Religious Provocateur and Hypocrite Pastor Mark Driscoll Tells Christians to ‘Stop the In-fighting’

A press release for Pastor Mark Driscoll‘s new book contains this laughable passage:

… the outspoken pastor from Seattle issues a prophetic warning to the church that “dark days are ahead” if we don’t stop the in-fighting and refocus our efforts on preaching the gospel immediately.

“We’re approaching a cliff,” writes Driscoll. “Many Evangelicals are oblivious to the fact that Christendom is dead and real Christianity is in serious decline. As long as we see Christmas trees on government property and hear public figures talk about ‘faith,’ many Christians naively assume that real Christianity is alive and well. That’s an illusion.”

The bad news is that Christians don’t even get it, according to Driscoll — they’re stuck in their cul-de-sacs. Christians are isolated in “tribes” on the internet, and they spend too much time lobbing e-bombs at each other in cyberspace.

Religion News Service’s Jonathan Merritt takes Driscoll to task for not practicing what he preaches.

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Pastor Mark Driscoll’s Blatant Lie About Having His Books ‘Confiscated’ by Conference Organizers

Last weekend, Pastor John MacArthur hosted a conference in conjunction with the release of his new book Strange Fire, in which he rails against the Charismatic movement in Christianity. He calls it a “breeding-ground for scandal, greed, bad doctrine, and all kinds of spiritual chicanery” (as opposed to the other kinds of Christianity, which we know are absolutely perfect in every single way).

Things got really weird, though, when Pastor Mark Driscoll (a Charismatic preacher himself), who was speaking at another conference not too far away from this one, showed up out of nowhere to hand out free copies of his own book in the parking lot:

Driscoll told [the Christian Post] that he thought it was “gracious that they let me on campus at all.”

“They don’t owe me anything and I didn’t go through an official process. I wasn’t planning on it. I just happened to be in town,” he said.

(Yeah, I just happened to be in town! And I just happened to bring along a whole bunch of my books! And I just happened to let everyone know what I was doing on Twitter well before I actually did it!)

When Driscoll came, so did the conference security. They politely asked Driscoll to leave and take his books with him. After all, there’s a process for conferences when it comes to these things. If you want to sell or give away your wares, you have to get approval from the organizers, and Driscoll did none of that.

“It wasn’t that we were trying to stir up trouble with Pastor Mark, we just removed them because we have a lot of different publishing partners that are here on campus already and all of their books all the way down the line, everything they are selling has already gone through a pre-approval process,” Pastor Rich Gregory, who is MacArthur’s assistant, told [the Christian Post]. “I don’t think anybody, Mark included, would probably allow their conference just to be opened to whatever private editors wanted to step onto campus and distribute anything that they wanted to. So, that’s a policy that would be consistent with any church or conference.”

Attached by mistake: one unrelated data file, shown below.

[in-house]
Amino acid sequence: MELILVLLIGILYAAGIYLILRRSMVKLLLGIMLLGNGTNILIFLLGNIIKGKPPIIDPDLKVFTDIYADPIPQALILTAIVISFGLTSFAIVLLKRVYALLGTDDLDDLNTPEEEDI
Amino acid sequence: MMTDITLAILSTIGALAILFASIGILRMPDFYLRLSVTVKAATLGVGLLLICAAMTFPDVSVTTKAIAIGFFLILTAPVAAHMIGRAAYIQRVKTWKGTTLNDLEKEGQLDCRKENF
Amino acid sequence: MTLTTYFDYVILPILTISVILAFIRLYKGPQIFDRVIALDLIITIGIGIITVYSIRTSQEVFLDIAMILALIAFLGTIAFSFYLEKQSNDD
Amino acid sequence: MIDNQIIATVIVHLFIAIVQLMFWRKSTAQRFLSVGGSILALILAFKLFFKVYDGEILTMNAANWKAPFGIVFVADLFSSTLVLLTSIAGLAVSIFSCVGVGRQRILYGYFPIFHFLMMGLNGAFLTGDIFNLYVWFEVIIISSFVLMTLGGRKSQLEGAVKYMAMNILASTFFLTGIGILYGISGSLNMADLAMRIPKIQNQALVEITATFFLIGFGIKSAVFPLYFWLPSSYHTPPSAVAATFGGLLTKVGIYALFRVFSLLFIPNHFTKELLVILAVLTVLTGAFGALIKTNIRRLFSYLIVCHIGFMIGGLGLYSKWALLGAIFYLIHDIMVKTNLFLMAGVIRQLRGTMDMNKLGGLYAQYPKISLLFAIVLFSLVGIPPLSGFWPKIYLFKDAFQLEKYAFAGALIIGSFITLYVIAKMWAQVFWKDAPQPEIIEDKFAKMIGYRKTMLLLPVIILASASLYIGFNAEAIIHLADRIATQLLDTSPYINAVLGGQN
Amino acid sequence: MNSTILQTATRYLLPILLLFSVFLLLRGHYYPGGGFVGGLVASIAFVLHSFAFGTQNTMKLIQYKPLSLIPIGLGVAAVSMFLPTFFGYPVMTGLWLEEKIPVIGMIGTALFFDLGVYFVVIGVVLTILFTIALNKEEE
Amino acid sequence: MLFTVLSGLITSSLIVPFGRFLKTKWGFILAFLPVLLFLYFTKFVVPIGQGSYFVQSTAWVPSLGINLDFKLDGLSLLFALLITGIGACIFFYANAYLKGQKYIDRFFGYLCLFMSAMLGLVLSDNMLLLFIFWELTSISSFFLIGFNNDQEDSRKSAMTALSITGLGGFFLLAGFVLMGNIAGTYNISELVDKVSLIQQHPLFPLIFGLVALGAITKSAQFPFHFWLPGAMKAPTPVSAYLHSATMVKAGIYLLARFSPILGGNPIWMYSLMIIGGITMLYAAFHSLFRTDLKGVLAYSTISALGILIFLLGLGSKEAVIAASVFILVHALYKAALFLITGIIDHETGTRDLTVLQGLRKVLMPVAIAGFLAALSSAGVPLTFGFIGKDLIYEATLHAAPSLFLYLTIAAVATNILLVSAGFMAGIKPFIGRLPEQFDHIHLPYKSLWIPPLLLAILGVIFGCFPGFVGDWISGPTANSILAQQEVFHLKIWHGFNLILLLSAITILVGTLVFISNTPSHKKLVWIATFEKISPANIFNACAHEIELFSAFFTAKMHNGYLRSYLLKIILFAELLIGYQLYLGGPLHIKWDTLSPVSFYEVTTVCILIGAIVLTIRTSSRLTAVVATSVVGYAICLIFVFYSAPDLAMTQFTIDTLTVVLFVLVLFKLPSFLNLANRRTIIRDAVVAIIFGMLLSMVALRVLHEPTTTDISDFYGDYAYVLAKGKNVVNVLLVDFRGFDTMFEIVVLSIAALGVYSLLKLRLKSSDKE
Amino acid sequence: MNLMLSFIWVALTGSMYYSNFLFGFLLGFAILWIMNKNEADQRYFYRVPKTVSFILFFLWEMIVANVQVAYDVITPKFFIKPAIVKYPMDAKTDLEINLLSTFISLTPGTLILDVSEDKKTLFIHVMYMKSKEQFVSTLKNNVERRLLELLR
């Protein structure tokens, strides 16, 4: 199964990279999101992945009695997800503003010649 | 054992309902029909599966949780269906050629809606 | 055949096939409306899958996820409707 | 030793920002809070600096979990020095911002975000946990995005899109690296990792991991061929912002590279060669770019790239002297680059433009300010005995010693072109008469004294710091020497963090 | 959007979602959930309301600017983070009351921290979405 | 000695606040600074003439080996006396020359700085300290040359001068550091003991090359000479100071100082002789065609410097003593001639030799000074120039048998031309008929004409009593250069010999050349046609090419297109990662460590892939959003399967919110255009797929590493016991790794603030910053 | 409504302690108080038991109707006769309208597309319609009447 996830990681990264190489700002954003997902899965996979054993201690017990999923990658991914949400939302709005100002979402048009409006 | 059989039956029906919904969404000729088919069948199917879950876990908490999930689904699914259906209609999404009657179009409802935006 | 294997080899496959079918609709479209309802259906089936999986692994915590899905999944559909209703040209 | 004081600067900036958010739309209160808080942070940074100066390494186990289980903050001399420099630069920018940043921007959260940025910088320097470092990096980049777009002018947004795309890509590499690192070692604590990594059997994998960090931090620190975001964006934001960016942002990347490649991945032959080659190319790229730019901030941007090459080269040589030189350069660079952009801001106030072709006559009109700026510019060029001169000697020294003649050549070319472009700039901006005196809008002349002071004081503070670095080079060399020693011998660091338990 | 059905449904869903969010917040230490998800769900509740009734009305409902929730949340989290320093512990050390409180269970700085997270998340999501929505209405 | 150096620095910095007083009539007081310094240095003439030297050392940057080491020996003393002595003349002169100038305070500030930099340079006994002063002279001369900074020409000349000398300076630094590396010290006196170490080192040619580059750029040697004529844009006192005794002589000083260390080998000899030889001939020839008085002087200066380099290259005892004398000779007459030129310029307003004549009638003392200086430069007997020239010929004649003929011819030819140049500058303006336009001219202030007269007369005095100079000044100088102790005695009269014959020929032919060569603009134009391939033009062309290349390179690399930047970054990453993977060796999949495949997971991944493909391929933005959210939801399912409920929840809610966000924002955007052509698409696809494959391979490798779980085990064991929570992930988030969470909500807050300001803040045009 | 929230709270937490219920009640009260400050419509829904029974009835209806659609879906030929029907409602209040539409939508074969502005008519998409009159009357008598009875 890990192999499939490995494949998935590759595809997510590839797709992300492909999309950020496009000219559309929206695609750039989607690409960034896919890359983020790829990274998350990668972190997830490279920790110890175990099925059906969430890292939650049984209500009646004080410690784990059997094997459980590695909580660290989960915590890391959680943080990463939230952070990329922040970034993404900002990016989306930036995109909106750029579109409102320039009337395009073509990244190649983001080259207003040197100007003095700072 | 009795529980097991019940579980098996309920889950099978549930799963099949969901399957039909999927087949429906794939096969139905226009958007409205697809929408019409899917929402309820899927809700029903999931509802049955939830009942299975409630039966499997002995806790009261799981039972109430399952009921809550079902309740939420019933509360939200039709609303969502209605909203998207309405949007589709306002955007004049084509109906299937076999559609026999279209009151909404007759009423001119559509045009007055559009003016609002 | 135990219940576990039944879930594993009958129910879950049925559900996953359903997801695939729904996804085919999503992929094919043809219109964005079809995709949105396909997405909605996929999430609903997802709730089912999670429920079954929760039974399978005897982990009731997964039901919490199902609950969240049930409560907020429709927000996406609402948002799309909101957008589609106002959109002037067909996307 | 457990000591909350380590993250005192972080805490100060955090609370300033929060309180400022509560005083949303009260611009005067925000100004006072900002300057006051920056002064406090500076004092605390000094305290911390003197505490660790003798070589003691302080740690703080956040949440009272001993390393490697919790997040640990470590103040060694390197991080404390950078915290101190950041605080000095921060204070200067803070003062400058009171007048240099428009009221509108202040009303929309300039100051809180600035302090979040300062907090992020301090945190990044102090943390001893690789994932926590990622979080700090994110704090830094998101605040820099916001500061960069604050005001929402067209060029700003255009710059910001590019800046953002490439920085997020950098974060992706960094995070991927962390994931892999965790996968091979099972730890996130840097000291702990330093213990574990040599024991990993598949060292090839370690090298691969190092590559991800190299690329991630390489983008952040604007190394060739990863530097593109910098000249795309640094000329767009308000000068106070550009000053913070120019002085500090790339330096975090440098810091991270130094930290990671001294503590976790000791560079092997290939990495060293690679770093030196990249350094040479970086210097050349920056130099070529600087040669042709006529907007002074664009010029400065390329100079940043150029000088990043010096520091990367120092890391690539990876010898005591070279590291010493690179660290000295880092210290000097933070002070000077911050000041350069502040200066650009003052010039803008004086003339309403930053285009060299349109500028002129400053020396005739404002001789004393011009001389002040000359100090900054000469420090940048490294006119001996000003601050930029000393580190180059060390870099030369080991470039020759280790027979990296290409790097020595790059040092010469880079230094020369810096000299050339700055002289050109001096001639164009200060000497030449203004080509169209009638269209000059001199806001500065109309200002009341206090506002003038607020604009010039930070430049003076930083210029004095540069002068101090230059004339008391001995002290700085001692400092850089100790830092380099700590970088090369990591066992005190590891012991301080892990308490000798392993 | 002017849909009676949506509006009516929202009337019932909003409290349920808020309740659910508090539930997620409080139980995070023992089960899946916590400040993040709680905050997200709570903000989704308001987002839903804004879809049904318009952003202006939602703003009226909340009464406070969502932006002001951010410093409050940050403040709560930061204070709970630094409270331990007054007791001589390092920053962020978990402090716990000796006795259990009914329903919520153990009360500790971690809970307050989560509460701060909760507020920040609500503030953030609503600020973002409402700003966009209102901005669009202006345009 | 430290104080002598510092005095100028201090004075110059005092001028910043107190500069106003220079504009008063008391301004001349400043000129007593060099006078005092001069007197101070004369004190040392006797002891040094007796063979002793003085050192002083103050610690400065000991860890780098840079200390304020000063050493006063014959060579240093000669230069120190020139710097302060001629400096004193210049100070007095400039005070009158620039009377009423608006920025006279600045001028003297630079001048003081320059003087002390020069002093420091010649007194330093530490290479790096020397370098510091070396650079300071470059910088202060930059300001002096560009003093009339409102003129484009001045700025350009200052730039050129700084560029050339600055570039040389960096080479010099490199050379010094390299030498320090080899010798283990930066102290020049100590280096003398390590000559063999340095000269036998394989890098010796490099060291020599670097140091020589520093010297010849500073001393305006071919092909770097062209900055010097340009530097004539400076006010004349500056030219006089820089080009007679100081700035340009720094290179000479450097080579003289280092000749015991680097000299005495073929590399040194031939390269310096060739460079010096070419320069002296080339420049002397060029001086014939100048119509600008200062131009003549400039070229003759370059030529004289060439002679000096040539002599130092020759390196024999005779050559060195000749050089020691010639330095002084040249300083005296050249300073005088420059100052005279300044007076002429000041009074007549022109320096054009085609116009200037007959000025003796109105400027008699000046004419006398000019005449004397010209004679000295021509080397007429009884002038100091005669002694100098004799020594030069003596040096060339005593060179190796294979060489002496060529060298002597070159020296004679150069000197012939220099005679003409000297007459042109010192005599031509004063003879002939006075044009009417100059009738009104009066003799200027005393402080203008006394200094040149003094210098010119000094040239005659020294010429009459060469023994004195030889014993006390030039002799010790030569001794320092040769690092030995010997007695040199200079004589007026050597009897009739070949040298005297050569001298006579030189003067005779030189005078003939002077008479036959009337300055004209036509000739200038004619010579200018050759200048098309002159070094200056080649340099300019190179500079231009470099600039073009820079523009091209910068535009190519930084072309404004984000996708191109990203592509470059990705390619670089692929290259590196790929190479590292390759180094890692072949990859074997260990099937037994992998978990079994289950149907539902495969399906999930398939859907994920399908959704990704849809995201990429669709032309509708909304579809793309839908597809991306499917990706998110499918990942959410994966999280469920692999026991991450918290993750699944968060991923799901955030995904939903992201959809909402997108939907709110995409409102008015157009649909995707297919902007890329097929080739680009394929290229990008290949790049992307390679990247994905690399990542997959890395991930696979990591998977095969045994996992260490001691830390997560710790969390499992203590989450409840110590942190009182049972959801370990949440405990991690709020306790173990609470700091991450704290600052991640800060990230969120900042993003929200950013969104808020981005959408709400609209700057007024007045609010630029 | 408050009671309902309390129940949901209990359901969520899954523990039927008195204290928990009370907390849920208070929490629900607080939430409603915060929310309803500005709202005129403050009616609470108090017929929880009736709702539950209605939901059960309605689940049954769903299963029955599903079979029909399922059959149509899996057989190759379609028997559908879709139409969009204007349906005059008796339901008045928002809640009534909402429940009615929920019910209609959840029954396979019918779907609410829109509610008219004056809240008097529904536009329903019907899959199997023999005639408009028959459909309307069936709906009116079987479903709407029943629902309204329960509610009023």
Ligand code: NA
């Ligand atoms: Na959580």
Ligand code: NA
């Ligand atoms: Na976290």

Now here’s where things get really good.

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The Evil Part of the Equation

You’ll want to read the rest of the comic at The Far Left Side.

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South Carolina Soup Kitchen Director Bans Atheist Volunteers, Saying They Would Be a ‘Disservice to This Community’

You may recall that the Upstate Atheists from Spartanburg, South Carolina attempted to volunteer at the Spartanburg Soup Kitchen this past spring:

Unfortunately, their efforts were thwarted by the group’s director. She said the soup kitchen was a “place of God” and atheists weren’t welcome. The members still offered to volunteer without wearing their group-identifying shirts — it’s all about helping people, not about publicity, after all — but that idea was also rejected.

The atheists then decided they would help people in a different way. They would get a permit from the city, create care packages for the homeless, and give them away across the street from the soup kitchen.

Each care package costs about $15 to assemble. They have socks, gloves, toothpaste, hand sanitizer, snacks, mini flashlights, lip balm, ponchos, etc.

We are hoping to help the homeless prepare for the winter and give them thing they will be able to use.

They wanted to raise $2,000 and you all helped them surpass that goal. (Great job!)

Their big giveaway is taking place this weekend, and the Spartanburg Herald Journal published a piece on the events that led to this Volunteering Schism. Reporter Dustin Wyatt spoke with the soup kitchen’s director, Lou Landrum, and what she said was absolutely appalling:

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Amazon, I Think You Miscategorized This Book…

Yesterday, I revealed that the first selection in my new book club would be Candace R. M. Gorham‘s The Ebony Exodus Project: Why Some Black Women Are Walking out on Religion — and Others Should Too.

Perhaps because of that mention, it did pretty decently on Amazon yesterday. In fact, last night, it was ranked in the top 10!

Well, at least in one particular category…

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